Dear young people, I exhort you not to forget this prospect of your plan of life: We are called to eternity. God has created us to be with Him, forever. This will help you to give full meaning to your choices and to give quality to your existence.

The Commandments, the Way of Authentic Love

Jesus reminds the rich young man of the Ten Commandments, as necessary conditions to "inherit eternal life." They are essential points of reference to live in love, to clearly distinguish good from evil and build a solid and lasting plan of life. Jesus also asks you if you know the commandments, if you are concerned to form your conscience according to the divine law and if you will put it into practice.

They certainly are questions that go against the current of the present-day mentality, which proposes a liberty disconnected from values, rules, objective norms and invites to reject every limitation to desires of the moment. But this type of proposal instead of leading to true liberty, leads man to become a slave of himself, of his immediate desires, of idols such as power, money, unbridled pleasure and the seductions of the world, rendering him incapable of following his original vocation to love.

God gives us the commandments because he wants to educate us to true liberty, because he wants to build with us a Kingdom of love, justice and peace. To listen to them and to put them into practice does not mean to be alienated, but to find the path of authentic liberty and love, because the commandments do not limit happiness, but indicate how to find it. At the beginning of his dialogue with the rich young man, Jesus reminds him that the law given by God is good because "God is good."

We Have Need of You

One who lives the condition of youth finds himself facing many problems derived from unemployment, the lack of sure ideal references and of concrete prospects for the future. At times one can have the impression of being impotent in face of the present crises and drifts. Despite the difficulties, do not let yourselves be discouraged and do not give up your dreams! Instead, cultivate in your heart great desires of fraternity, justice and peace. The future is in your hands, because the gifts and riches that the Lord has enclosed in the heart of each one of you, molded by the encounter with Christ, can bring authentic hope to the world! It is faith in his love that, rendering you strong and generous, will give you the courage to address with serenity the journey of life and to assume family and professional responsibilities. Be committed to build your future through serious courses of personal formation and study, to serve the common good in a competent and generous way.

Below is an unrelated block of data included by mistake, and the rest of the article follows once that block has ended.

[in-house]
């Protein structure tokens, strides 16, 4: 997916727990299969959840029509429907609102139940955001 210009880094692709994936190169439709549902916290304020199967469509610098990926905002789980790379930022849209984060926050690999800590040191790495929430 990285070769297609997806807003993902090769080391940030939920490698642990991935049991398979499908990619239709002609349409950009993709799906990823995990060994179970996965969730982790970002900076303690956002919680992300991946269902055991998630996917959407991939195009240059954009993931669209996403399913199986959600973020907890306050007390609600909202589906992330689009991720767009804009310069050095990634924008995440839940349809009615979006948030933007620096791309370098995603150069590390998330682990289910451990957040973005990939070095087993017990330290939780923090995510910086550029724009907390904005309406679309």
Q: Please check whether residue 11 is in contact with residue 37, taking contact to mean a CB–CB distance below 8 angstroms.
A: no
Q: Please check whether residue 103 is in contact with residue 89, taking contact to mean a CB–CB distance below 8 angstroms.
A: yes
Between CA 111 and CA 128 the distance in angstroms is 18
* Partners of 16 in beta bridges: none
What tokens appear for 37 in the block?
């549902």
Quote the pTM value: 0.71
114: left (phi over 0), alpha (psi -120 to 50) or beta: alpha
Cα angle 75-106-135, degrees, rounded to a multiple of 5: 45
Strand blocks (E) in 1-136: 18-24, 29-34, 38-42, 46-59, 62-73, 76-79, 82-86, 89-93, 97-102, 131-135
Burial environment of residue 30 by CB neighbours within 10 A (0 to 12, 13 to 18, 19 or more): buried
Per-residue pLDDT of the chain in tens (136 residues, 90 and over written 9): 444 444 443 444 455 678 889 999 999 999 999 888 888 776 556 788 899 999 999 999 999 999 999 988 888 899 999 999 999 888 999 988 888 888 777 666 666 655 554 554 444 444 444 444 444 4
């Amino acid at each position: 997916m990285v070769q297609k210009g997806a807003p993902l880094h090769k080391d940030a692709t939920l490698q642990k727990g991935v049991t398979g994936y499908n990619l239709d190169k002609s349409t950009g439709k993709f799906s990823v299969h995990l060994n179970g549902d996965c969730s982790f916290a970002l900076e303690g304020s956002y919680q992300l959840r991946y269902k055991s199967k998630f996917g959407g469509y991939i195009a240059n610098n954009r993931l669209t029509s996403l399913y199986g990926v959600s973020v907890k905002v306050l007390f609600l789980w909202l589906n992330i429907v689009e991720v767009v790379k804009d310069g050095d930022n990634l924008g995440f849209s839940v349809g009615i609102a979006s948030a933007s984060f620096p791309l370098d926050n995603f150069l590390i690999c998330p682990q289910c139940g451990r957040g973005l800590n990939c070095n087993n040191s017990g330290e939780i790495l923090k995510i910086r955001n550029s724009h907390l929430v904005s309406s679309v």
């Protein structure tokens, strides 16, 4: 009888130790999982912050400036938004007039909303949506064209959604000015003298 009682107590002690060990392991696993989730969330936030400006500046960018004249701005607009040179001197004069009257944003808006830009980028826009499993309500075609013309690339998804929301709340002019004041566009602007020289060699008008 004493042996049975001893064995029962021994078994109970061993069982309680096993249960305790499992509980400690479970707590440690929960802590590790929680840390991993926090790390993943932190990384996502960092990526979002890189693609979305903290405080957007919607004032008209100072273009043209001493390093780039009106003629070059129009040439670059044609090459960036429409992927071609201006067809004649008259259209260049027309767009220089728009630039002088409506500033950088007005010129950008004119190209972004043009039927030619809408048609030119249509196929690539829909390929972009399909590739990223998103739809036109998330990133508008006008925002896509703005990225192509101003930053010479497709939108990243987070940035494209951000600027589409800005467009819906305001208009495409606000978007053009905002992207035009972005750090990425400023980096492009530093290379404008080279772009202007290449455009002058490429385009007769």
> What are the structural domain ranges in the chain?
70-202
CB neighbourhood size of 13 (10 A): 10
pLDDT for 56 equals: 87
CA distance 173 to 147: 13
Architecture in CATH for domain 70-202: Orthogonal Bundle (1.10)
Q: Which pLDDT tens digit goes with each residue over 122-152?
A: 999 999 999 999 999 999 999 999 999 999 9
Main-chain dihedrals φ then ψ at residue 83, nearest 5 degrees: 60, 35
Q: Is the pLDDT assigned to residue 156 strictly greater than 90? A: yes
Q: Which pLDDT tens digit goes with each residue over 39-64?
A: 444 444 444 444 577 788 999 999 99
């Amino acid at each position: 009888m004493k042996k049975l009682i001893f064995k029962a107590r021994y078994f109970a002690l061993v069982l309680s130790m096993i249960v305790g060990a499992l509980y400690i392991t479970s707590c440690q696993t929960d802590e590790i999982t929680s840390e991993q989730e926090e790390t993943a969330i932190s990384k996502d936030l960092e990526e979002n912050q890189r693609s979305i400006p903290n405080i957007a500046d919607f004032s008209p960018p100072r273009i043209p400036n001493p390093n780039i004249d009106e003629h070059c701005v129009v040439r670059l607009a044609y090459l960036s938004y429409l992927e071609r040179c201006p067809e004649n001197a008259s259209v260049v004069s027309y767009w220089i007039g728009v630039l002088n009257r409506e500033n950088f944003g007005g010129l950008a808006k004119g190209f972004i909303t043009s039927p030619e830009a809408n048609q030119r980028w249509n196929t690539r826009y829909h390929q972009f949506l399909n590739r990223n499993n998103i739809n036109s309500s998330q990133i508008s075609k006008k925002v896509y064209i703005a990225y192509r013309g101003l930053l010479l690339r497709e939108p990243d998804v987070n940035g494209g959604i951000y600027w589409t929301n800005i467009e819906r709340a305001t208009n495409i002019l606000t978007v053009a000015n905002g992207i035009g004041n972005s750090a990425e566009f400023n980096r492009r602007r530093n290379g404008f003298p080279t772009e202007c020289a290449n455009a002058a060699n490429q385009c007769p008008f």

In my encyclical letter "Caritas in Veritate" on integral human development, I listed some of the great present challenges, which are urgent and essential for the life of this world: The use of the resources of the earth and respect for the ecology, the just division of goods and the control of financial mechanisms, solidarity with poor countries in the ambit of the human family, the struggle against hunger in the world, the promotion of the dignity of human labor, service to the culture of life, the building of peace between peoples, the interreligious dialogue, the good use of the social means of communication.

They are challenges to which you are called to respond to build a more just and fraternal world. They are challenges that call for an exacting and passionate plan of life, into which you put all your richness according the plan that God has for each one of you. It is not a question of carrying out heroic or extraordinary gestures, but of acting by putting to good use one's talents and possibilities, committed to constantly progress in faith and love.

En cette Année Sacerdotale, je vous invite à connaître la vie des saints, en particulier celle des saints prêtres. Vous verrez que Dieu les a guidés et qu’ils ont trouvé leur route jour après jour, précisément dans la foi, dans l’espérance et dans l’amour. Le Christ appelle chacun de vous à s’engager avec lui et à assumer ses responsabilités pour bâtir la civilisation de l’amour. Si vous suivez sa Parole, votre route s’illuminera, elle aussi, et vous conduira vers des destinations élevées qui procurent la joie et confèrent un sens plénier à la vie.

Que la Vierge Marie, Mère de l’Eglise, vous accompagne de sa protection. Je vous assure de mon souvenir dans la prière et je vous bénis avec beaucoup d’affection.

Du Vatican, 22 février 2010 - BENEDICTUS PP. XVI